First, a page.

A Twin Cities investor has gained total control of wireless software developer HiddenMind Technology in a deal that also nets the company $10 million to fund its operations.

JLT Group of St. Paul, Minn., put the new funds into HiddenMind as part of a reorganization of the firm into a Delaware limited liability company. JLT is controlled by Twin Cities real estate magnate Gerald Trooien, a longtime associate of HiddenMind Chairman Ken Tyra who previously invested more than $6 million in the company and now sits on its board of directors.

JLT owns all of the assets of the new HiddenMind, company spokesman John Barry says, and previous investors Warburg Pincus, BEA Systems and GreenSpring Ventures no longer have an ownership position in the company. New York venture firm Warburg and BEA, a San Jose, Calif.-based application services company, put $25 million into HiddenMind two years ago to help bring its product to market, while Atlanta-based GreenSpring had invested in AnyDevice, another wireless application provider that HiddenMind bought last summer.

No financial details

“This will fund all of our operations going forward,” Barry says of the fourth-round funding provided by JLT. He declines to provide financial details for the company.

Trooien didn’t return phone calls for comment.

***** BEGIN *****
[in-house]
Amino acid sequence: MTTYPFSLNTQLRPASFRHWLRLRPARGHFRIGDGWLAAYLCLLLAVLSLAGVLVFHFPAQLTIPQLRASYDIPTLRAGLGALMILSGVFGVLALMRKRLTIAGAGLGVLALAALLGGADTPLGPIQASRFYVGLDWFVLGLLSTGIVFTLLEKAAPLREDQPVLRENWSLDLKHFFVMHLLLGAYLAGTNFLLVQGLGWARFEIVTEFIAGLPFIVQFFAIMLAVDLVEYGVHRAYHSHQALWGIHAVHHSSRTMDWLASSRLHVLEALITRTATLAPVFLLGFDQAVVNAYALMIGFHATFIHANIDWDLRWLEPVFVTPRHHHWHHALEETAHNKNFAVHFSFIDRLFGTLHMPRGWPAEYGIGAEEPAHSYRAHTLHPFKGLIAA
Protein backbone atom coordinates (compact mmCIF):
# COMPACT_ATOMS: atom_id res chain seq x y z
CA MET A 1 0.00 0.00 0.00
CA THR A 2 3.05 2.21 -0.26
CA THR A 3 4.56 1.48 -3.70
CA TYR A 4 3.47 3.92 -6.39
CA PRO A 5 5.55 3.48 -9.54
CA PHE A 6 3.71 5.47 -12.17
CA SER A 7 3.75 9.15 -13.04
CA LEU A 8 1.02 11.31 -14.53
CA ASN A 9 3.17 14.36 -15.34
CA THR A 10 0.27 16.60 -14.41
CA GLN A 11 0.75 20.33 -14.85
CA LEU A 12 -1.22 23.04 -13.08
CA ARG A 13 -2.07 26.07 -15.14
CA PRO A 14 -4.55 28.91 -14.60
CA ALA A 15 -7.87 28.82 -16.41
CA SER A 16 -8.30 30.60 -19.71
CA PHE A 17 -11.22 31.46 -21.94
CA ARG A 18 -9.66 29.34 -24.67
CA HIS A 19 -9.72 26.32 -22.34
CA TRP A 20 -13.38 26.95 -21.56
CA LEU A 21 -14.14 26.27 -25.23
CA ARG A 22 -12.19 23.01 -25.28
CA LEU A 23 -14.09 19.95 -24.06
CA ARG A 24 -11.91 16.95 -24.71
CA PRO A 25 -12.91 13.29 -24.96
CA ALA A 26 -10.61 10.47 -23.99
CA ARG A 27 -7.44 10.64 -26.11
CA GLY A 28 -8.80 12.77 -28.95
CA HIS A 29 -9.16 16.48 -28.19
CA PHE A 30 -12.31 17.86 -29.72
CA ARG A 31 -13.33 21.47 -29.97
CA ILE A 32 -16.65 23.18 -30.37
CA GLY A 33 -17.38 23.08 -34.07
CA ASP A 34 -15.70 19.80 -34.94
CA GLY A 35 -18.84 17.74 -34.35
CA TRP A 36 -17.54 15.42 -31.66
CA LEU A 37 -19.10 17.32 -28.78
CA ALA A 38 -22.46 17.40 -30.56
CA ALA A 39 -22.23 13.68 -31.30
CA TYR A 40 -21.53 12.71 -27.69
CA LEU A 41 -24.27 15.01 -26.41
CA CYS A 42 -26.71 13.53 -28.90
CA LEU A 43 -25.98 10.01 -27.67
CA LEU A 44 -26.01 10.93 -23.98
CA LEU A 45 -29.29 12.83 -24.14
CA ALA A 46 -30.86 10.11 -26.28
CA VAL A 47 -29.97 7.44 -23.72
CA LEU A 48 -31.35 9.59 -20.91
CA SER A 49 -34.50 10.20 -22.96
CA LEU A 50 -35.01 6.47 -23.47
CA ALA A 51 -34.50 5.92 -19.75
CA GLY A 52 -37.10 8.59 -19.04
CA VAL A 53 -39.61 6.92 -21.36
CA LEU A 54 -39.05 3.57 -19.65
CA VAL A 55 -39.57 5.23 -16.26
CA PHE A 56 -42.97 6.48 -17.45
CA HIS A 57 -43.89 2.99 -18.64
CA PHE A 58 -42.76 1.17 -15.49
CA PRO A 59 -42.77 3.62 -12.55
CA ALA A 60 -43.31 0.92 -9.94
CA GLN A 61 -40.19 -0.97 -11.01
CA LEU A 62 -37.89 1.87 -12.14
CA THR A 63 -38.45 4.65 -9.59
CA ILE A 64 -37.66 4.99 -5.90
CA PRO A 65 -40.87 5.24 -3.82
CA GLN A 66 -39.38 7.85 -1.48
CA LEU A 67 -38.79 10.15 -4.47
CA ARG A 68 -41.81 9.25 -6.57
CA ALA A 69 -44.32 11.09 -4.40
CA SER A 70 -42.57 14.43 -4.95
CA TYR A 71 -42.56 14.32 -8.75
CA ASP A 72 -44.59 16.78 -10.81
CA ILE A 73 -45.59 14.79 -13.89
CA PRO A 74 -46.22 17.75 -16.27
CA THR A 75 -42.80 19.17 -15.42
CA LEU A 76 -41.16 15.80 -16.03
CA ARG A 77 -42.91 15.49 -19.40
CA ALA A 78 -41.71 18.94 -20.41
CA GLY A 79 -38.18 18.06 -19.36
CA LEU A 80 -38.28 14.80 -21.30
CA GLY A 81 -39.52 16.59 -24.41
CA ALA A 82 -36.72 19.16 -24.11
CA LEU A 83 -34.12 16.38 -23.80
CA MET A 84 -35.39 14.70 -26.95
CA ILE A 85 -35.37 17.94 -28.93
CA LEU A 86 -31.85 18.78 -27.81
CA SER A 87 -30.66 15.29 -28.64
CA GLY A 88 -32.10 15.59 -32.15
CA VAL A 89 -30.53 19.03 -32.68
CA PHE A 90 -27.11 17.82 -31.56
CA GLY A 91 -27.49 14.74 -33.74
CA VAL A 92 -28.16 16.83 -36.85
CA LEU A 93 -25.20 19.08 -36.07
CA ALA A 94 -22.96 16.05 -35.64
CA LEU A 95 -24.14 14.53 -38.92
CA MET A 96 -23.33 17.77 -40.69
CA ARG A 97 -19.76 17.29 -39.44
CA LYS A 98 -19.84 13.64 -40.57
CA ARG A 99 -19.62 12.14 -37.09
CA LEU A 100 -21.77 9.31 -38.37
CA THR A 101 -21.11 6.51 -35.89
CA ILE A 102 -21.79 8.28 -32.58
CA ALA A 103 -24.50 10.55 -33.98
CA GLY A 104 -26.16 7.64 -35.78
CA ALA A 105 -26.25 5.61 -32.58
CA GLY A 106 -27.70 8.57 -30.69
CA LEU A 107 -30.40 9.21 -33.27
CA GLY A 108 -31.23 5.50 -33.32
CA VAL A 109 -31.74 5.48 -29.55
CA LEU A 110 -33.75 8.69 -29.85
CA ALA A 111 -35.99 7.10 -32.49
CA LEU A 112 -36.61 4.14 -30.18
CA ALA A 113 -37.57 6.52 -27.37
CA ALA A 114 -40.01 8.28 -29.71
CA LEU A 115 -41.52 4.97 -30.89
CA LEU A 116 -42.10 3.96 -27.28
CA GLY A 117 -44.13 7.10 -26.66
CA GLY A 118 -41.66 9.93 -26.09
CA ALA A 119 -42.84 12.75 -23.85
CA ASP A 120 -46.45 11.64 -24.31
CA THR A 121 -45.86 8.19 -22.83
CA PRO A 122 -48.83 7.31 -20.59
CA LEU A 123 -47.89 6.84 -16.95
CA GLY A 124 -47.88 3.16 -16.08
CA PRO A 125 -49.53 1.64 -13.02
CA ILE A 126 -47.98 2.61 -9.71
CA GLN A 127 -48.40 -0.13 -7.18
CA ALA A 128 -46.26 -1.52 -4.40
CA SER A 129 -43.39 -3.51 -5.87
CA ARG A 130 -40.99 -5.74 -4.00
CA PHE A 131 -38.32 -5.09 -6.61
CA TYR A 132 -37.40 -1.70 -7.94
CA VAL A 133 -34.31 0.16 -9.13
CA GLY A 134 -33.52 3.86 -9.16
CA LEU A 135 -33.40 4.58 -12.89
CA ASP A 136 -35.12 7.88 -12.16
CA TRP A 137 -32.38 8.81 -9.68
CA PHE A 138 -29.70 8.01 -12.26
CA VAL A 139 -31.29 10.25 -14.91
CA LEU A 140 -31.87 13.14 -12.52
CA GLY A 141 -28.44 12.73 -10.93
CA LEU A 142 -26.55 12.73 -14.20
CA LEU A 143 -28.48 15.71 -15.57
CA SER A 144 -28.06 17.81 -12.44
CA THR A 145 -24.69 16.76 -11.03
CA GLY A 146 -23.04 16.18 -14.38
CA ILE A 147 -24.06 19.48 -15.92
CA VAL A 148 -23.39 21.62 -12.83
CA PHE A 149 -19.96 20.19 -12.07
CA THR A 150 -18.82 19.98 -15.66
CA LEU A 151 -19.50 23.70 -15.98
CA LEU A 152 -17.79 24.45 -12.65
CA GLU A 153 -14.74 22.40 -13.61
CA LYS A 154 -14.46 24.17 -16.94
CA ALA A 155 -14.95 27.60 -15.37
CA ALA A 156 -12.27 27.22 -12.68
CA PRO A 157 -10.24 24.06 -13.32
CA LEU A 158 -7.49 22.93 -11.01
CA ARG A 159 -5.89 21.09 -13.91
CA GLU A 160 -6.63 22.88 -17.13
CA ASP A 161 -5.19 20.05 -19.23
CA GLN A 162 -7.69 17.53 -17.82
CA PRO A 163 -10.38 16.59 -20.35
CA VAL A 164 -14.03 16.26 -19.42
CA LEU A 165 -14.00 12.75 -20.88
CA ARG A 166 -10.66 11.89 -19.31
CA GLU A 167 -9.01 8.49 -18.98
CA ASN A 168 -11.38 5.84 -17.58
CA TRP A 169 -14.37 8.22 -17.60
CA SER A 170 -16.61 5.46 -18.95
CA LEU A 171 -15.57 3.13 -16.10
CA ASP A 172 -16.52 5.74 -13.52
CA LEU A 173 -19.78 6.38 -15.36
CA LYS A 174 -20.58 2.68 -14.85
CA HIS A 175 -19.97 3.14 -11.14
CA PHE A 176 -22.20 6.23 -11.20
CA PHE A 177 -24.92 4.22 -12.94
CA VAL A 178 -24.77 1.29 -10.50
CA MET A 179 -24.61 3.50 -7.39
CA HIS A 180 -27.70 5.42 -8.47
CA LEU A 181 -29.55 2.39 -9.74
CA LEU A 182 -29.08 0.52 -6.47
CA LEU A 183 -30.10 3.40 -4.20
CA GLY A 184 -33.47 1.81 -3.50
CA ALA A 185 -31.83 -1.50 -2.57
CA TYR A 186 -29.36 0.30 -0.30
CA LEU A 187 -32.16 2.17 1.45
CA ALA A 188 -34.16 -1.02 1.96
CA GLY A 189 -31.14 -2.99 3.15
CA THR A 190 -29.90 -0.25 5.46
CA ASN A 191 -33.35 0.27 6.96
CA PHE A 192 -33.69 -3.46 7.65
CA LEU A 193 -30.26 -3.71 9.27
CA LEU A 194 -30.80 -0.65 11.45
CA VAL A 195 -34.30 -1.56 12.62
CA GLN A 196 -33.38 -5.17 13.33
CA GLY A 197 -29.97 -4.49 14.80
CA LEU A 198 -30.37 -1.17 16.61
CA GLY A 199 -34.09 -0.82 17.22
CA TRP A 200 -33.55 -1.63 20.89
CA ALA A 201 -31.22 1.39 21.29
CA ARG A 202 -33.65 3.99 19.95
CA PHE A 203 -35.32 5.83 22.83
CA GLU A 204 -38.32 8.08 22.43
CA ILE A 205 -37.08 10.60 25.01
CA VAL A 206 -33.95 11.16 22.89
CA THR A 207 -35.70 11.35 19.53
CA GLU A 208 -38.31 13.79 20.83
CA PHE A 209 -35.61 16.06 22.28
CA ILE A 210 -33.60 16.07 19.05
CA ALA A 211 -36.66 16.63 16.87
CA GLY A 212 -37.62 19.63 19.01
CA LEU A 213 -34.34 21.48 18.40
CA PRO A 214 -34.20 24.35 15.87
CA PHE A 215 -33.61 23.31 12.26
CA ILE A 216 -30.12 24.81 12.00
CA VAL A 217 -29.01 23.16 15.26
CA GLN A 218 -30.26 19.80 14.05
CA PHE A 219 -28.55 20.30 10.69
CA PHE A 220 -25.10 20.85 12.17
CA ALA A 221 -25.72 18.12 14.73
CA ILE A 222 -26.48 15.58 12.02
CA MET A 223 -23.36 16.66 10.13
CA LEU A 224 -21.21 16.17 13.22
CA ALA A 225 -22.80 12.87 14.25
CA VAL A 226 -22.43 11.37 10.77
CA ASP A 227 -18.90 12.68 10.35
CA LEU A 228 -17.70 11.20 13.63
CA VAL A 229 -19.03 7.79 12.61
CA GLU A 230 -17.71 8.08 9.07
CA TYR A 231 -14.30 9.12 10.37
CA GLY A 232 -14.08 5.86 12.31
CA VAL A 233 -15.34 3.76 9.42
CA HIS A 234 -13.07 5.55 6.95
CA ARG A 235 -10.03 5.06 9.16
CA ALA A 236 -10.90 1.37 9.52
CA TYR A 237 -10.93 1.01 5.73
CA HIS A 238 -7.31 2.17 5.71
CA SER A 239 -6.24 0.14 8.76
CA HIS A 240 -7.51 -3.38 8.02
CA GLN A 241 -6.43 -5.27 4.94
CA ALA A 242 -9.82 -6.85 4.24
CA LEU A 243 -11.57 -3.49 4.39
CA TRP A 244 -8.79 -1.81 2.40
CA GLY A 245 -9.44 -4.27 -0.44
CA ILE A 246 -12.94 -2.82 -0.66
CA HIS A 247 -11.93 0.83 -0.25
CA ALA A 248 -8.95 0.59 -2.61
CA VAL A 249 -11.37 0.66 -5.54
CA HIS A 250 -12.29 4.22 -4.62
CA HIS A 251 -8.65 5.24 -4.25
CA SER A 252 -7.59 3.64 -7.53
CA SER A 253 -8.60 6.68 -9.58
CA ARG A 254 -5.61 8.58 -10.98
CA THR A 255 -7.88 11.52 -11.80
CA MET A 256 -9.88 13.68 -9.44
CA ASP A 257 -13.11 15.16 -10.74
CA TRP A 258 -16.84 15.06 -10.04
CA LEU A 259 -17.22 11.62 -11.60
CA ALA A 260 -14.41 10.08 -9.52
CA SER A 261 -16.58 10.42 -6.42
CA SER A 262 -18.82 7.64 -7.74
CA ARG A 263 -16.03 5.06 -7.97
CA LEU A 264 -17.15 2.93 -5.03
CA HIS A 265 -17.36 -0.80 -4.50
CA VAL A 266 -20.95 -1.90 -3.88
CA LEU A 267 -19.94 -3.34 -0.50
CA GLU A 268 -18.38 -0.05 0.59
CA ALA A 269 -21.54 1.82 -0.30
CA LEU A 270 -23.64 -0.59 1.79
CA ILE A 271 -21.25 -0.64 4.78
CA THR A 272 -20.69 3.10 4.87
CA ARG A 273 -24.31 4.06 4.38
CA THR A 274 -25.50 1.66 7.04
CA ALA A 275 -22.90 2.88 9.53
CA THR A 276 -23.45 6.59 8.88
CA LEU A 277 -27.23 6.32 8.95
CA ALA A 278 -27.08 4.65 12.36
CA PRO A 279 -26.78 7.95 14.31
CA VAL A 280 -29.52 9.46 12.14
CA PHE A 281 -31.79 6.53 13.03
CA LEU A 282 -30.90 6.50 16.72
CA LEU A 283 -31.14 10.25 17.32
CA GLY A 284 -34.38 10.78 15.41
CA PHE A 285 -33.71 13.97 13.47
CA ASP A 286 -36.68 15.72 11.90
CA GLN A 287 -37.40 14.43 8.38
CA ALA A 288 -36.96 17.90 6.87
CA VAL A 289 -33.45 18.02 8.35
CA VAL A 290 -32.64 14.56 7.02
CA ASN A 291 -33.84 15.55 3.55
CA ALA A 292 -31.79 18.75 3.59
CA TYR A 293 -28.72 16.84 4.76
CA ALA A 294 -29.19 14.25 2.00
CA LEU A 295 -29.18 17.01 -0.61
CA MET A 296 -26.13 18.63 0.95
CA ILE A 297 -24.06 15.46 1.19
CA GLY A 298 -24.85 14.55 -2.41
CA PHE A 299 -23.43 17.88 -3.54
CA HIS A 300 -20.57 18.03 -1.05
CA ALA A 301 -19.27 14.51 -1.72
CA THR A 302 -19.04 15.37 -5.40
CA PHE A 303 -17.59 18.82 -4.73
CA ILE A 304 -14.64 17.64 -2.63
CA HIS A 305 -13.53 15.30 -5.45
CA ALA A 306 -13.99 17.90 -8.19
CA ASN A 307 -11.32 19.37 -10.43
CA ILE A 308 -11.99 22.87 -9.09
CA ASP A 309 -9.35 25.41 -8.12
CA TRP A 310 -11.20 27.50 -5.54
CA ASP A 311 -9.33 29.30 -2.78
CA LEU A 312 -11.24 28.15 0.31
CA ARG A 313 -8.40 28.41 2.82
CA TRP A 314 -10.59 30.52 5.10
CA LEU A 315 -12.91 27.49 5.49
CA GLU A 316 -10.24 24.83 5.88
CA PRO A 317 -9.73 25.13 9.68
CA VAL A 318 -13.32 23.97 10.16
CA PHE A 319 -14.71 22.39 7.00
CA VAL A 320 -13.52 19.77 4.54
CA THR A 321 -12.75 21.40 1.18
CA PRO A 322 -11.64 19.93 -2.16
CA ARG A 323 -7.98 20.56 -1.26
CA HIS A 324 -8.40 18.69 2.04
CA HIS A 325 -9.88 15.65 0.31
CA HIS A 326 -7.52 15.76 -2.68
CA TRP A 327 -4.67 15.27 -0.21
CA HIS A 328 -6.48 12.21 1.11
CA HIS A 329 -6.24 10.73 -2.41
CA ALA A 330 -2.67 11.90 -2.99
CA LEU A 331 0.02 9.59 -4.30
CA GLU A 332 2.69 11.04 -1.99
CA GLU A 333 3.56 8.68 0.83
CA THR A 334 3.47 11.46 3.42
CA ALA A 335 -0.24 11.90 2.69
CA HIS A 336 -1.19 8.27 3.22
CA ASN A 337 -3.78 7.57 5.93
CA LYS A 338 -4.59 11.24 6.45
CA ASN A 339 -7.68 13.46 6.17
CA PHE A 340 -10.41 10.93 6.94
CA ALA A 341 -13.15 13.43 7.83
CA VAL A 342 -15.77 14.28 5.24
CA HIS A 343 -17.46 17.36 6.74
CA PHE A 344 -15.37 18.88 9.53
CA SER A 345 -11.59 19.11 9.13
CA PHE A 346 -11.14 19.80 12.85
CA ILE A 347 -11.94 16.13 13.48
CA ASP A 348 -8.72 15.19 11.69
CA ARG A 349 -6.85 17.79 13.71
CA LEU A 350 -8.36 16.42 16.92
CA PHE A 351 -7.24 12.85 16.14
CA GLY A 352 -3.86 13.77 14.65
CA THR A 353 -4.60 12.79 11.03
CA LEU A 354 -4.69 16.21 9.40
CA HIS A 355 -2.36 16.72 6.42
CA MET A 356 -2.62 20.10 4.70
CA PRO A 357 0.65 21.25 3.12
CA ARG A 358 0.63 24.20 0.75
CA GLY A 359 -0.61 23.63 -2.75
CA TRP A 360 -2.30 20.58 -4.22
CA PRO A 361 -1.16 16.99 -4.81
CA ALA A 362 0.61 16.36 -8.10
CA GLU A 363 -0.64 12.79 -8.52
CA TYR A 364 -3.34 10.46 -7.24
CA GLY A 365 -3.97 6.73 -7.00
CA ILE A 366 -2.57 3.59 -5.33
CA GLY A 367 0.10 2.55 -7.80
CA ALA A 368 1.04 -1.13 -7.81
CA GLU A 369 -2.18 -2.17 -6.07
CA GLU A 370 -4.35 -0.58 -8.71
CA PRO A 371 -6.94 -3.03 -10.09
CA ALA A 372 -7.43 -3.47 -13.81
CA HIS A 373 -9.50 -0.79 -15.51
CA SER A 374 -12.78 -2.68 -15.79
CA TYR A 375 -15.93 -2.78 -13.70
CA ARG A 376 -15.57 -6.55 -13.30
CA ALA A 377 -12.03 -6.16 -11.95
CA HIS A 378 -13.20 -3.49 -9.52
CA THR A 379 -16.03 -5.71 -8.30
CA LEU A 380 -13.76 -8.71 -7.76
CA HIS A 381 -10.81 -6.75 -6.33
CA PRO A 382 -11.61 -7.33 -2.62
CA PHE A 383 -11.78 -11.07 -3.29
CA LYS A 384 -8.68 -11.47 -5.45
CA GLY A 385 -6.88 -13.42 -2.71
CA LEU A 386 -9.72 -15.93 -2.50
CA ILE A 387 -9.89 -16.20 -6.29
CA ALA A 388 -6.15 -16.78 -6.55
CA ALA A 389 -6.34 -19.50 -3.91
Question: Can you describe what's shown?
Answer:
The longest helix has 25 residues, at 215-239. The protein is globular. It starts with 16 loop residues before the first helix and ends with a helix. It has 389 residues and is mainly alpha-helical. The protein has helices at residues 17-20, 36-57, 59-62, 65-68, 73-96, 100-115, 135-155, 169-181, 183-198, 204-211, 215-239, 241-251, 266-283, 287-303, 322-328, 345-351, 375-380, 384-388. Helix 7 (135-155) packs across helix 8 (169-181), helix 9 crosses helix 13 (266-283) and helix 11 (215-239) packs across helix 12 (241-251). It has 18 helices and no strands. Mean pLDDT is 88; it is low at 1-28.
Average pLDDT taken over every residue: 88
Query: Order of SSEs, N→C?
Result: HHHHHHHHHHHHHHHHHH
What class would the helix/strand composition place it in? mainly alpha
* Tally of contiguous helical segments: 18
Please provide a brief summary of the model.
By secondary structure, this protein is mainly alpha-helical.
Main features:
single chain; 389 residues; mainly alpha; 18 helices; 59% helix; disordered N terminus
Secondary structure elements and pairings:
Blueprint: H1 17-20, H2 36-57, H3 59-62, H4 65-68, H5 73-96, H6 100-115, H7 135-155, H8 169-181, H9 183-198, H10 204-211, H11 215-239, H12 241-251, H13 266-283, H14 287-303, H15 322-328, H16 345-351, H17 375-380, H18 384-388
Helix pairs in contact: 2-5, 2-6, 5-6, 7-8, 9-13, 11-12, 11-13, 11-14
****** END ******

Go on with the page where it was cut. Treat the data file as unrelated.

HiddenMind in March unveiled its Active Technology platform, allowing companies to extend their enterprise systems to mobile devices. Workers in the field can use applications independent of wireless network connectivity and can continue to work on their devices while receiving automatic data updates through asynchronous messaging.

No additional hires

The company sells its product primarily through systems integrators and application and hardware companies, such as Sprint, Motorola, RIM and XcelleNet, so Barry says he doesn’t expect many new hires at the 75-employee firm as it ramps up sales.

“This funding equips HiddenMind to target the leadership position in the mobile software infrastructure market while providing the financial stability that customers and partners demand,” President and Chief Executive Ken Walters said in a statement. “HiddenMind’s ability to complete this transaction in a difficult capital market is an indication of the strength of the company’s technology vision and its business value to the market.”

Walters, who joined HiddenMind in January after a stint as chief operating officer of Atlanta-based Internet Security Systems, couldn’t be reached for comment.

The deal is the largest venture investment this year in North Carolina outside of the life sciences sector, topping the $9.2 million raised in April by Peak 10, a Charlotte-based data center provider. It brings the total amount of venture capital invested in technology companies statewide to about $184 million so far this year.

HiddenMind Technology: www.hiddenmind.com